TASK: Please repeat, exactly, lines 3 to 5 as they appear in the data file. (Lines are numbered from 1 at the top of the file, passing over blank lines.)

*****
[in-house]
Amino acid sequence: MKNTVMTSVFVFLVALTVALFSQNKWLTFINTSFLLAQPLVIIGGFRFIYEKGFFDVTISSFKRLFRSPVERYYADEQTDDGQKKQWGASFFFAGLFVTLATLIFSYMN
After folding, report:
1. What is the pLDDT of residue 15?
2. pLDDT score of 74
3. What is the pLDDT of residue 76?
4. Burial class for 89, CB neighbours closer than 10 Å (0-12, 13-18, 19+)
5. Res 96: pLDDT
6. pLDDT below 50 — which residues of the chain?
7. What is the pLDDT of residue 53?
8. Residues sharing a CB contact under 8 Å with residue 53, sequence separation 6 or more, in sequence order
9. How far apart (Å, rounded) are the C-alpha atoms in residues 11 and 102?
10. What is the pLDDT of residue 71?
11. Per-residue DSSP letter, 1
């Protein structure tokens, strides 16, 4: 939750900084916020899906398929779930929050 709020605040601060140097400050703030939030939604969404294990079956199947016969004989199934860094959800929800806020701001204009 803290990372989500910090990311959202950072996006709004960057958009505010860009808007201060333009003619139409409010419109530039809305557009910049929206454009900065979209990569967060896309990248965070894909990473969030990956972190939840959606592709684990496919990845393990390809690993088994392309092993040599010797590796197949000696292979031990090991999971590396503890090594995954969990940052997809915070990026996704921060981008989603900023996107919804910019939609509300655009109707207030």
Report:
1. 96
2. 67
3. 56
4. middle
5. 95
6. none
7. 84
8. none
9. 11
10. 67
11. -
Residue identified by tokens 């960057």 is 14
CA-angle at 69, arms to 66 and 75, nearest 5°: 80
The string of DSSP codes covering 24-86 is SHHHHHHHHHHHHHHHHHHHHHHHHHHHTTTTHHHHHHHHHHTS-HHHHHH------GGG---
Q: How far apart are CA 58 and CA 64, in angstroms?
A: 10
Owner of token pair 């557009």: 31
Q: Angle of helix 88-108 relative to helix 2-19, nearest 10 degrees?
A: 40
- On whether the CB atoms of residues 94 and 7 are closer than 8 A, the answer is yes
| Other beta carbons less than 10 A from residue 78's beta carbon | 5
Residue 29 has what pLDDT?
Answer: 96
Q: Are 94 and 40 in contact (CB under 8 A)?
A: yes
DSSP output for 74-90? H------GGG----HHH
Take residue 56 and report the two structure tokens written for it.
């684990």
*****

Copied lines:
After folding, report:
1. What is the pLDDT of residue 15?
2. pLDDT score of 74